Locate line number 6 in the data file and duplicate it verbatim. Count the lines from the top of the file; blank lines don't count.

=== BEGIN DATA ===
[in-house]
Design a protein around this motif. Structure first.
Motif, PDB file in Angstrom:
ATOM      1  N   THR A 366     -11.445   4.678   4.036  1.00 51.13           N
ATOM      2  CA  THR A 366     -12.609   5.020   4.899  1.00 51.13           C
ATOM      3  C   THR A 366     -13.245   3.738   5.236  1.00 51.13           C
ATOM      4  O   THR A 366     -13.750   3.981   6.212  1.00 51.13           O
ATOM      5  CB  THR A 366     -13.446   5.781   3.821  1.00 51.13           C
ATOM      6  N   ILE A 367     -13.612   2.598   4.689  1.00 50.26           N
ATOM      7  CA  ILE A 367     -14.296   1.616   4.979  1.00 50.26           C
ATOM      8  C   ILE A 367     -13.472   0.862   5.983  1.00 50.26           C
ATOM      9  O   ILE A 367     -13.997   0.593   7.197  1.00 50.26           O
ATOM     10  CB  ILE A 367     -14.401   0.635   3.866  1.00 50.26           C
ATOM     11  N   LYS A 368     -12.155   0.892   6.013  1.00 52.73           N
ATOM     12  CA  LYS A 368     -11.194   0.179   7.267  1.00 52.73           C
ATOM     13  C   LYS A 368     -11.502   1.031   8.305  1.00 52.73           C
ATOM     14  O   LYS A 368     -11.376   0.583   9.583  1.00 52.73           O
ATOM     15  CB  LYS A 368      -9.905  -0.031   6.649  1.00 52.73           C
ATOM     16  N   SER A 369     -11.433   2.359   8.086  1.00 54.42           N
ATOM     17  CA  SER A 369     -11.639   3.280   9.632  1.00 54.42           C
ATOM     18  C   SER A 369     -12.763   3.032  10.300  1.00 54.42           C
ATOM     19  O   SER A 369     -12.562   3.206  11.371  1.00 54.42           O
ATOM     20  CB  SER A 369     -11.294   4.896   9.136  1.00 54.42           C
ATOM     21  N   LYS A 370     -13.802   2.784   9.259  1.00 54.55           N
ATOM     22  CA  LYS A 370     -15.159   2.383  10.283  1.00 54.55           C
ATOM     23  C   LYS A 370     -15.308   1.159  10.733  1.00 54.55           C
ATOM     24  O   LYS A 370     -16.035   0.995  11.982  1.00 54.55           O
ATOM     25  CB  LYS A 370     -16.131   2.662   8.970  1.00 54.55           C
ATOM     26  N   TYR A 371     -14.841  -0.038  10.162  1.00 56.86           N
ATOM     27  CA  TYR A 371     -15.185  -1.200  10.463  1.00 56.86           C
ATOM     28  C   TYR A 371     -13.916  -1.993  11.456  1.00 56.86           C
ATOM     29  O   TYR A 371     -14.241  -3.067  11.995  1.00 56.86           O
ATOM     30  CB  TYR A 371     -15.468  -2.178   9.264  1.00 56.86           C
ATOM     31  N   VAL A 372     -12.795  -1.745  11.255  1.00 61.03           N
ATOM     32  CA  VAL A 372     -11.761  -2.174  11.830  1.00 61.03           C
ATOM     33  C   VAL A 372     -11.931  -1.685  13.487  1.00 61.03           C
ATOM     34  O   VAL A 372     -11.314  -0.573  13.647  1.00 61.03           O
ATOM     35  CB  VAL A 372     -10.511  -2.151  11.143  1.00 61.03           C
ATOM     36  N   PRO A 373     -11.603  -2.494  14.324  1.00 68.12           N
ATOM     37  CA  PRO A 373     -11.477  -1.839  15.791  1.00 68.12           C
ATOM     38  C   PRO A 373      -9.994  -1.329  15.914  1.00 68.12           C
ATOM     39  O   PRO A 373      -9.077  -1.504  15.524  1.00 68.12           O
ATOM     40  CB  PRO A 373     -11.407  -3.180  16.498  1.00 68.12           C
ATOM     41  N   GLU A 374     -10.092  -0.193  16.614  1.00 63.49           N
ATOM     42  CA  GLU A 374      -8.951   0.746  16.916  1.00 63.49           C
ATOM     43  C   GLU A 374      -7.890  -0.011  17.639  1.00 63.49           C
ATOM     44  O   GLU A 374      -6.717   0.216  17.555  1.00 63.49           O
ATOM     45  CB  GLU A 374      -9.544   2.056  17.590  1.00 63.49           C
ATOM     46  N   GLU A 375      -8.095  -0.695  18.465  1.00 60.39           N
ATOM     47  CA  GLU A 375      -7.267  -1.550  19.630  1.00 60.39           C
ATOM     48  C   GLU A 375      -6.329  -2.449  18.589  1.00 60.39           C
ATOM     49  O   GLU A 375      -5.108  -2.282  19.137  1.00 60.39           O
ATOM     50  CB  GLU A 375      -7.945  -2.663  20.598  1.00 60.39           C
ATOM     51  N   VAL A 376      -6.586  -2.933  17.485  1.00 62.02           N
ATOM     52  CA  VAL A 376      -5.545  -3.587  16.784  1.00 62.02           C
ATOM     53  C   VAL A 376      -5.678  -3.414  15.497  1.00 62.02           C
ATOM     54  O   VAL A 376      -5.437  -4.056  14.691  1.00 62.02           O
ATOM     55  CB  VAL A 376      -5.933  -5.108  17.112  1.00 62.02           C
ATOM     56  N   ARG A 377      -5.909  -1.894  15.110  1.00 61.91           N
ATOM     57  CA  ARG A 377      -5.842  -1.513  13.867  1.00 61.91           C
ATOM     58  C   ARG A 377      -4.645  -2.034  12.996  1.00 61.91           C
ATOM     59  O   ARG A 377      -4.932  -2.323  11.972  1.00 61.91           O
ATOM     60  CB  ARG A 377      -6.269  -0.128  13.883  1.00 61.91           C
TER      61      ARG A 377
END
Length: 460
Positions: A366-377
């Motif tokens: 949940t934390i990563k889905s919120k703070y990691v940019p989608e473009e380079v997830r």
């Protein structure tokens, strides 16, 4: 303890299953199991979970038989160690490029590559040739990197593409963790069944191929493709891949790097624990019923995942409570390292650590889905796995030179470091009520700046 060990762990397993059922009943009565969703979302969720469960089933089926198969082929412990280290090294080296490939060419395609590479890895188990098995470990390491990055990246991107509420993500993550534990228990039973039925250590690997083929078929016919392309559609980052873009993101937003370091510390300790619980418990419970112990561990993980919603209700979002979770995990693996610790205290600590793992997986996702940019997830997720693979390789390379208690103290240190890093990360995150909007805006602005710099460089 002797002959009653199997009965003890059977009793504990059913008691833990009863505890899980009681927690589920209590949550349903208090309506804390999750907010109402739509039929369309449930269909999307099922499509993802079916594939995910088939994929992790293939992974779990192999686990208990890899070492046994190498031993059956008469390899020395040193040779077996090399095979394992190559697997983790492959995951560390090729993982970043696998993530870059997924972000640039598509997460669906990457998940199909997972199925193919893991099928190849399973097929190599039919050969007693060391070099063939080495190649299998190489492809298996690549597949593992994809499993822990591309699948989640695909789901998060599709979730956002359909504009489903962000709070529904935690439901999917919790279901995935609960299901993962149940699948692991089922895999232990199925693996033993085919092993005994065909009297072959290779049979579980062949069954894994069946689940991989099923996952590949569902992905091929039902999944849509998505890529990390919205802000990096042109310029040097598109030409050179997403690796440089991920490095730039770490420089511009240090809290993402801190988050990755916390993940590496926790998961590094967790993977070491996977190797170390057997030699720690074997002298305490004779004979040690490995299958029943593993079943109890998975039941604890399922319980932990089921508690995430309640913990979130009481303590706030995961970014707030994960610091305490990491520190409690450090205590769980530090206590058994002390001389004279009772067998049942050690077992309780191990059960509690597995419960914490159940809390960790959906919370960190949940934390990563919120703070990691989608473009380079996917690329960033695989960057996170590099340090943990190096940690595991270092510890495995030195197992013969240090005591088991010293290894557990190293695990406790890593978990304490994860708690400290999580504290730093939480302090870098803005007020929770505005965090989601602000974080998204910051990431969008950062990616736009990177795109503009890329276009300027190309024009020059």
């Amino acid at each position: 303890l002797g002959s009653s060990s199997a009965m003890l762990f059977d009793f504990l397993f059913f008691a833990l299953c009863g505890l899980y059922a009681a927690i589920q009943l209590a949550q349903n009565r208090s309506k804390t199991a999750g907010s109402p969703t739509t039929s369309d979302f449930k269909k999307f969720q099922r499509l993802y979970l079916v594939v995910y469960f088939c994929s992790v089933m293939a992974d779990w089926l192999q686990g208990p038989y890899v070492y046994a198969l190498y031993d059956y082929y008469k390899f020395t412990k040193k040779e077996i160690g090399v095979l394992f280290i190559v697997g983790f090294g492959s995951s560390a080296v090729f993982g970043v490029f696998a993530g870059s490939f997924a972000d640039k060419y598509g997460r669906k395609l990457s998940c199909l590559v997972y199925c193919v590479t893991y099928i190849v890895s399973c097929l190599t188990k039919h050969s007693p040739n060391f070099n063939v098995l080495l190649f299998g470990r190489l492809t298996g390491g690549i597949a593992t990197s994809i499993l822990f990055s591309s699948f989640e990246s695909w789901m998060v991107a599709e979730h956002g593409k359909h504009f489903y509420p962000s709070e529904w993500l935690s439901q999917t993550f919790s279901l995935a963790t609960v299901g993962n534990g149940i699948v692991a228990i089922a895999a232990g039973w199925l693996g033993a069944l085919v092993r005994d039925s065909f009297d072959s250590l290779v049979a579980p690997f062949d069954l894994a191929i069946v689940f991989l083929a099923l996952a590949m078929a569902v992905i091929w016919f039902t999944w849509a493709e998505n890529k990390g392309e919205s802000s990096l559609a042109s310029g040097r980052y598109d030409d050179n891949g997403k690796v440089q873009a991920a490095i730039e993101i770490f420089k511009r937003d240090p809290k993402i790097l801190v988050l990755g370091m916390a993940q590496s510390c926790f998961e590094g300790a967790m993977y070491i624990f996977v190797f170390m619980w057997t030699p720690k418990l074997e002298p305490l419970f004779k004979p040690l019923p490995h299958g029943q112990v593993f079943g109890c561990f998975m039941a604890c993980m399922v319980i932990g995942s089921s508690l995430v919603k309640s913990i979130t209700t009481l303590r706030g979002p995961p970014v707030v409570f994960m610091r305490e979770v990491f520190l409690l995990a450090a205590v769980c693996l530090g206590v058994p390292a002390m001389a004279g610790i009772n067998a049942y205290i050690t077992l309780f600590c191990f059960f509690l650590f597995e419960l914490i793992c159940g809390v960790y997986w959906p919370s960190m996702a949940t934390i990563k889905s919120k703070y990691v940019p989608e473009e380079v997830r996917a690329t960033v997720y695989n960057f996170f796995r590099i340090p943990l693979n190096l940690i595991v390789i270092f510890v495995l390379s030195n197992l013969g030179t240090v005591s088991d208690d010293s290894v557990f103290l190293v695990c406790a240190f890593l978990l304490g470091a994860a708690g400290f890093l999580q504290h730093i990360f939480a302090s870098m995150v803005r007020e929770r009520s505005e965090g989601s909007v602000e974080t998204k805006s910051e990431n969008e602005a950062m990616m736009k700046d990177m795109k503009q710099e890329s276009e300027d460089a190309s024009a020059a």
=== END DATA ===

ATOM      3  C   THR A 366     -13.245   3.738   5.236  1.00 51.13           C